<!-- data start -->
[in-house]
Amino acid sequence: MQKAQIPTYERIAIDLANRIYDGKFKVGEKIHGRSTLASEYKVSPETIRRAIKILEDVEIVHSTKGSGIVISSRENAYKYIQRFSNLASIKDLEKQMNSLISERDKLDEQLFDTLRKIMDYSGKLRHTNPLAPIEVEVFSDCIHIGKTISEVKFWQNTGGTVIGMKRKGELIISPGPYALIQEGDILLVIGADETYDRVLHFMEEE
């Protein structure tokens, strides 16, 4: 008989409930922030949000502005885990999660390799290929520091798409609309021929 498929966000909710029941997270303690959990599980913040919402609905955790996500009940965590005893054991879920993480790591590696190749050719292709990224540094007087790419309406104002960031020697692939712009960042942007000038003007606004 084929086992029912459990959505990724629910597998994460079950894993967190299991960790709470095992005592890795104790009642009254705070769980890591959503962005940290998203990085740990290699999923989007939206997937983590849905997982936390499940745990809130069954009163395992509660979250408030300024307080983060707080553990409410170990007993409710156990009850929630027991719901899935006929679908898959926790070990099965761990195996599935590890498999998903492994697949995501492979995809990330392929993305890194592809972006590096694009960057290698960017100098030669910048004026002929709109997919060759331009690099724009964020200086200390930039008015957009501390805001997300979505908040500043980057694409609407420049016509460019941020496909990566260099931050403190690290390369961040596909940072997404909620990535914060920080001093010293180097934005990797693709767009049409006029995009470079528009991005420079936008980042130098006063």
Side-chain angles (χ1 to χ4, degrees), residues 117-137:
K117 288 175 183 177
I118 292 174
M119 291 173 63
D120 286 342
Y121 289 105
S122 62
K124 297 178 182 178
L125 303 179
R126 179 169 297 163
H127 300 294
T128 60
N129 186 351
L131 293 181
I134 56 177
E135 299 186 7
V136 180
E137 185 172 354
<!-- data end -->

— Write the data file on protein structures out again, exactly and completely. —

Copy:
[in-house]
Amino acid sequence: MQKAQIPTYERIAIDLANRIYDGKFKVGEKIHGRSTLASEYKVSPETIRRAIKILEDVEIVHSTKGSGIVISSRENAYKYIQRFSNLASIKDLEKQMNSLISERDKLDEQLFDTLRKIMDYSGKLRHTNPLAPIEVEVFSDCIHIGKTISEVKFWQNTGGTVIGMKRKGELIISPGPYALIQEGDILLVIGADETYDRVLHFMEEE
């Protein structure tokens, strides 16, 4: 008989409930922030949000502005885990999660390799290929520091798409609309021929 498929966000909710029941997270303690959990599980913040919402609905955790996500009940965590005893054991879920993480790591590696190749050719292709990224540094007087790419309406104002960031020697692939712009960042942007000038003007606004 084929086992029912459990959505990724629910597998994460079950894993967190299991960790709470095992005592890795104790009642009254705070769980890591959503962005940290998203990085740990290699999923989007939206997937983590849905997982936390499940745990809130069954009163395992509660979250408030300024307080983060707080553990409410170990007993409710156990009850929630027991719901899935006929679908898959926790070990099965761990195996599935590890498999998903492994697949995501492979995809990330392929993305890194592809972006590096694009960057290698960017100098030669910048004026002929709109997919060759331009690099724009964020200086200390930039008015957009501390805001997300979505908040500043980057694409609407420049016509460019941020496909990566260099931050403190690290390369961040596909940072997404909620990535914060920080001093010293180097934005990797693709767009049409006029995009470079528009991005420079936008980042130098006063």
Side-chain angles (χ1 to χ4, degrees), residues 117-137:
K117 288 175 183 177
I118 292 174
M119 291 173 63
D120 286 342
Y121 289 105
S122 62
K124 297 178 182 178
L125 303 179
R126 179 169 297 163
H127 300 294
T128 60
N129 186 351
L131 293 181
I134 56 177
E135 299 186 7
V136 180
E137 185 172 354